By Clark Barrow
July 31, 2012
A looming tax increase or the threat of higher unemployment usually receives a lot of attention in Washington, D.C. Many politicians can't wait to lead a charge to avoid any hardship on the American families. But there is eerie silence on another front that is fast approaching our country: a tidal wave of costly federal regulations.
According to an analysis by the National Federation of Independent Business, more than 4,000 federal regulations are scheduled to be implemented over the next four years with a cost of more than $515 billion to the U.S. economy. In our world of trillion dollar deficits, anything in the billions may not sound like such a big deal anymore, but recent regulations have already added $140 billion, sending the total annual regulatory cost to $1.75 trillion. If no action is taken to stop this, the NFIB estimates that the regulatory costs will quadruple over the next four years.
So what in the world are all these new regulations? Well, most of them have to do with protecting the environment and the air we breathe. Unfortunately, the sheer cost of the regulations may produce a severe economic downturn, rather than any valuable environmental impact.
One of the most damaging regulations will force power plants to install expensive pollution control technology, which is expected to cost as much as $90 billion over 10 years – the most expensive regulation in U.S. history. This means higher energy bills that will direct small business funds to utility bills, instead of jobs.
Other regulations include the National Ambient Air Quality Standards for Ozone, a measure that President Obama postponed in 2011 because of its enormous cost to the economy. Imagine that! Even our own president understood the impact! This far reaching piece of regulation would establish an unnecessarily strict air quality standard for the entire country at a cost of up to $90 billion.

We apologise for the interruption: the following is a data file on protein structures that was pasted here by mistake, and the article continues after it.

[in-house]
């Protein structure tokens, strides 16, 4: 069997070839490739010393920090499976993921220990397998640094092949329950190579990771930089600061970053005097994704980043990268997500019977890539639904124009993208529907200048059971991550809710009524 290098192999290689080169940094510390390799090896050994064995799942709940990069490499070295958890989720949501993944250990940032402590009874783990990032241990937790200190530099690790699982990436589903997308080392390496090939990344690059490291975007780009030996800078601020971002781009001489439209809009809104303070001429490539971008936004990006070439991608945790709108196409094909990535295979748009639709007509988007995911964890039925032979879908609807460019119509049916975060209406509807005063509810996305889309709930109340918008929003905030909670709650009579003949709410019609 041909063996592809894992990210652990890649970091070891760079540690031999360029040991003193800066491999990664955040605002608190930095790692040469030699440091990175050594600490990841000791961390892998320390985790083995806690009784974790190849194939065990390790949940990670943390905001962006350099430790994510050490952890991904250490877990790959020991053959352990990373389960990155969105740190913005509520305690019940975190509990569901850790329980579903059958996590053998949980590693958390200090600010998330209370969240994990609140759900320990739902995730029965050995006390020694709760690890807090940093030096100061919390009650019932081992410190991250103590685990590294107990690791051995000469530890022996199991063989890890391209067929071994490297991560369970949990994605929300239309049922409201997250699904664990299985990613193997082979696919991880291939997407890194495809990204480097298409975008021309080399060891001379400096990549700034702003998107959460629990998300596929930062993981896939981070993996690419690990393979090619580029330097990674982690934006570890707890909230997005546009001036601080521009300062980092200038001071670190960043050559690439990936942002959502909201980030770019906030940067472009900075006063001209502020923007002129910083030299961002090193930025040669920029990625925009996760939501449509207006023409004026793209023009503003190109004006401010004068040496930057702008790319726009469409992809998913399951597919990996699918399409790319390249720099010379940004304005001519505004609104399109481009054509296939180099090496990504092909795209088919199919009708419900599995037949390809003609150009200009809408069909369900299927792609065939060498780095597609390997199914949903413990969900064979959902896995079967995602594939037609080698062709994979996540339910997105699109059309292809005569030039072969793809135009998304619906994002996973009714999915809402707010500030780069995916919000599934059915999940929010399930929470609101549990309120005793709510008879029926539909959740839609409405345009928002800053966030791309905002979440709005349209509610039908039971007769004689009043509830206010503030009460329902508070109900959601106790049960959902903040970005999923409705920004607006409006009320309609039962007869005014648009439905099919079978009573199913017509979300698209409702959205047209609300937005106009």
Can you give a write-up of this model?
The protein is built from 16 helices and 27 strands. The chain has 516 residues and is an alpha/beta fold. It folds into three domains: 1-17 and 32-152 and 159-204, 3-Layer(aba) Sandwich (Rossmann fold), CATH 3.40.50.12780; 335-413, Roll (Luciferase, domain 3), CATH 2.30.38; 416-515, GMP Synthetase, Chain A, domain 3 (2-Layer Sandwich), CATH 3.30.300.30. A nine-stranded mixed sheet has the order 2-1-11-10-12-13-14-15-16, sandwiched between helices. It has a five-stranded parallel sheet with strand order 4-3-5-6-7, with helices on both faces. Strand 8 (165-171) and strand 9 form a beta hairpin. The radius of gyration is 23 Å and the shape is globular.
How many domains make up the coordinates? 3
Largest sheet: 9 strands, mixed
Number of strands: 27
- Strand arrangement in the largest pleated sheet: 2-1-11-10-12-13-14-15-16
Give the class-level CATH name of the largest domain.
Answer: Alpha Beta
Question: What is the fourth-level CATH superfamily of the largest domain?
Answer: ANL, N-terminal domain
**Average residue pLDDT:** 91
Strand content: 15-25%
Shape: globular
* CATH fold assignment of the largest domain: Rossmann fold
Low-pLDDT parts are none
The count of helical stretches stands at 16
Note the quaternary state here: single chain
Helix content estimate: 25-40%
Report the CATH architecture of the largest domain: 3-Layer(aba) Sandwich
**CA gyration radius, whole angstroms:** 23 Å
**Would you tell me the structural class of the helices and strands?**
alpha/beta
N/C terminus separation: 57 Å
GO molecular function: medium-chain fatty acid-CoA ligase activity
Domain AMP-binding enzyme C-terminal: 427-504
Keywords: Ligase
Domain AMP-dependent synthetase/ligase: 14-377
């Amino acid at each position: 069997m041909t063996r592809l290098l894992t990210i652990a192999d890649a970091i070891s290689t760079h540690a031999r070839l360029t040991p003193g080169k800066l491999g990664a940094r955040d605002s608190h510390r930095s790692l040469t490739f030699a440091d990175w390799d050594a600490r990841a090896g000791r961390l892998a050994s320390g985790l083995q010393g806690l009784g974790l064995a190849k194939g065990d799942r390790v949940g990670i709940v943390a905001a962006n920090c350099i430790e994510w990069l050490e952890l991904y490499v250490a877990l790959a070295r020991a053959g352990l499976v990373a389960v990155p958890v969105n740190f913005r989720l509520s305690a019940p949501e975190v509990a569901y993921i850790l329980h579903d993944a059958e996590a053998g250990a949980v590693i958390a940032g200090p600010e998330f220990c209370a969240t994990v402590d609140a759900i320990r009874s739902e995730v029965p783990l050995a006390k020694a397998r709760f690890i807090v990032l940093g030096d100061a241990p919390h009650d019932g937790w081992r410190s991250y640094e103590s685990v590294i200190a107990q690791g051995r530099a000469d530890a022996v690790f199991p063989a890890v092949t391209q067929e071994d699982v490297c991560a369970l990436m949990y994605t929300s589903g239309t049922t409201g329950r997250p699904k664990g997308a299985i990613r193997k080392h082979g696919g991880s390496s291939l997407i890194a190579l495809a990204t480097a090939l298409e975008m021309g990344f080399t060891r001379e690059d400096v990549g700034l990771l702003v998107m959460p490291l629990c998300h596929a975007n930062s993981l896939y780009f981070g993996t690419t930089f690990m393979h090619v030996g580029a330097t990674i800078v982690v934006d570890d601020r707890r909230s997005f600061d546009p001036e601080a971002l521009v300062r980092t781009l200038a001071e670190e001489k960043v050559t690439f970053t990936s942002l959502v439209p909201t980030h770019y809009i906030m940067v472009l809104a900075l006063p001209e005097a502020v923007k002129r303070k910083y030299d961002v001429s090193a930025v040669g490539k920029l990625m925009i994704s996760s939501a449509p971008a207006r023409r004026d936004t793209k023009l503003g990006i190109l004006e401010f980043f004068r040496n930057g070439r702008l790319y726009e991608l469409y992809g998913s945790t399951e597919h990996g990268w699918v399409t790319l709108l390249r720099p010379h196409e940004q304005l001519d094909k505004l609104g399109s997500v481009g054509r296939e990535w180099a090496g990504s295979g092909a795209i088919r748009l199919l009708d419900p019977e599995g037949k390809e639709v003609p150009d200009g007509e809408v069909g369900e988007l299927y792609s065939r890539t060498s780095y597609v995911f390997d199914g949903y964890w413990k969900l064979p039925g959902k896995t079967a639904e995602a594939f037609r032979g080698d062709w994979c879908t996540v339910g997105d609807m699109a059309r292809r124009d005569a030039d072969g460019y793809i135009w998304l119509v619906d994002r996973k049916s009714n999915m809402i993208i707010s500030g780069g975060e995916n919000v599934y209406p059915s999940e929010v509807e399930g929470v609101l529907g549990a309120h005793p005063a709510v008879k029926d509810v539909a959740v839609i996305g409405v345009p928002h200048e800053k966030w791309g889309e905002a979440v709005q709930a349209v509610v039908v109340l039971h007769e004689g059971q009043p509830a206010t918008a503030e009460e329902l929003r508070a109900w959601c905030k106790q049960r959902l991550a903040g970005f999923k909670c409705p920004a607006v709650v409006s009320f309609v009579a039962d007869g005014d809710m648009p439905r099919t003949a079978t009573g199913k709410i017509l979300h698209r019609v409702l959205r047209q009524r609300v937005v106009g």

To make matters worse, the science behind these new regulations is not solid. A report by the National Center for Policy Analysis found that the proposed standards produce little, if any, health benefits. Their analysis found that under the current standards, levels of ozone and other pollutants have largely decreased to safe levels. The current standards are working and there is little science to that says tighter standards will meaningfully improve the air quality for anyone.
While the environmental science is not solid, the economic impact is certain – it will be paid with billions of dollars, millions of lost jobs and the lost dreams of millions of Americans.
The solution, as with many of our problems, is to grow our economy. Excessive regulations will only increase the cost of living for Americans, forcing lower income families to sacrifice the things that contribute to a healthy lifestyle. Progress is good! Advances in environmental protection, health care treatments and nutrition have saved countless lives, but expensive household energy bills will only devour money that could be used for a higher standard of living.
Putting aside all of these other figures, the true cost of the proposed regulations can be summed up in the fact that the American Thoracic Society found that the number one risk factor for asthma is poverty, not pollution. It’s time environmental regulations protected us.
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